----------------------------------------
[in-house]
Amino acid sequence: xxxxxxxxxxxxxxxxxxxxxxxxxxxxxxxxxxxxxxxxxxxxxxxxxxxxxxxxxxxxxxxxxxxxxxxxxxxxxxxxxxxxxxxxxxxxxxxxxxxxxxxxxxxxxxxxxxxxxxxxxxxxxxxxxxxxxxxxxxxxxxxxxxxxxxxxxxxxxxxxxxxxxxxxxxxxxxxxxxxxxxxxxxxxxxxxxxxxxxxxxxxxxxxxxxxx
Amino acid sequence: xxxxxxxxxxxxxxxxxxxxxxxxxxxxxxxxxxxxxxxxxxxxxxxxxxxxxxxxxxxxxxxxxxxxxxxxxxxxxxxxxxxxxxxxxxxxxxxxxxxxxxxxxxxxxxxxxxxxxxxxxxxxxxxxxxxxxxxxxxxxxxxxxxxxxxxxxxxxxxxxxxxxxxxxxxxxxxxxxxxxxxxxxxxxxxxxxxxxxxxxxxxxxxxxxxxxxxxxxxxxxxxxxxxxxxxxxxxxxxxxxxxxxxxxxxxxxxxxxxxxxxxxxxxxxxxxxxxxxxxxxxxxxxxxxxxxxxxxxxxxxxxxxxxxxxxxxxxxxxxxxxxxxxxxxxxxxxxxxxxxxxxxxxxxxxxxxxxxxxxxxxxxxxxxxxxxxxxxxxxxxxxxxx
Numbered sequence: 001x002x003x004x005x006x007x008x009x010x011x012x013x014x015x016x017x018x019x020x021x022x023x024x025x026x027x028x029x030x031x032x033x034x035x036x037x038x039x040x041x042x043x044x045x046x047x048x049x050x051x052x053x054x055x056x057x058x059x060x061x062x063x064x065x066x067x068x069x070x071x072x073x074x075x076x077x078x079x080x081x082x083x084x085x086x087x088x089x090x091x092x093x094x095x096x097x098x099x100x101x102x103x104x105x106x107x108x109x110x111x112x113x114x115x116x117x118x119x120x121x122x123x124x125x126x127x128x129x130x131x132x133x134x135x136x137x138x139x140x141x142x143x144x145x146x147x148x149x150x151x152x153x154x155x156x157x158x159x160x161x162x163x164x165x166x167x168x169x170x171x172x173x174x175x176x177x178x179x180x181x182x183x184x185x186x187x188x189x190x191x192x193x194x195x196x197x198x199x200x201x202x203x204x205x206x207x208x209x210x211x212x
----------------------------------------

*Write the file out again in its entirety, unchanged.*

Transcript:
[in-house]
Amino acid sequence: xxxxxxxxxxxxxxxxxxxxxxxxxxxxxxxxxxxxxxxxxxxxxxxxxxxxxxxxxxxxxxxxxxxxxxxxxxxxxxxxxxxxxxxxxxxxxxxxxxxxxxxxxxxxxxxxxxxxxxxxxxxxxxxxxxxxxxxxxxxxxxxxxxxxxxxxxxxxxxxxxxxxxxxxxxxxxxxxxxxxxxxxxxxxxxxxxxxxxxxxxxxxxxxxxxxx
Amino acid sequence: xxxxxxxxxxxxxxxxxxxxxxxxxxxxxxxxxxxxxxxxxxxxxxxxxxxxxxxxxxxxxxxxxxxxxxxxxxxxxxxxxxxxxxxxxxxxxxxxxxxxxxxxxxxxxxxxxxxxxxxxxxxxxxxxxxxxxxxxxxxxxxxxxxxxxxxxxxxxxxxxxxxxxxxxxxxxxxxxxxxxxxxxxxxxxxxxxxxxxxxxxxxxxxxxxxxxxxxxxxxxxxxxxxxxxxxxxxxxxxxxxxxxxxxxxxxxxxxxxxxxxxxxxxxxxxxxxxxxxxxxxxxxxxxxxxxxxxxxxxxxxxxxxxxxxxxxxxxxxxxxxxxxxxxxxxxxxxxxxxxxxxxxxxxxxxxxxxxxxxxxxxxxxxxxxxxxxxxxxxxxxxxxxx
Numbered sequence: 001x002x003x004x005x006x007x008x009x010x011x012x013x014x015x016x017x018x019x020x021x022x023x024x025x026x027x028x029x030x031x032x033x034x035x036x037x038x039x040x041x042x043x044x045x046x047x048x049x050x051x052x053x054x055x056x057x058x059x060x061x062x063x064x065x066x067x068x069x070x071x072x073x074x075x076x077x078x079x080x081x082x083x084x085x086x087x088x089x090x091x092x093x094x095x096x097x098x099x100x101x102x103x104x105x106x107x108x109x110x111x112x113x114x115x116x117x118x119x120x121x122x123x124x125x126x127x128x129x130x131x132x133x134x135x136x137x138x139x140x141x142x143x144x145x146x147x148x149x150x151x152x153x154x155x156x157x158x159x160x161x162x163x164x165x166x167x168x169x170x171x172x173x174x175x176x177x178x179x180x181x182x183x184x185x186x187x188x189x190x191x192x193x194x195x196x197x198x199x200x201x202x203x204x205x206x207x208x209x210x211x212x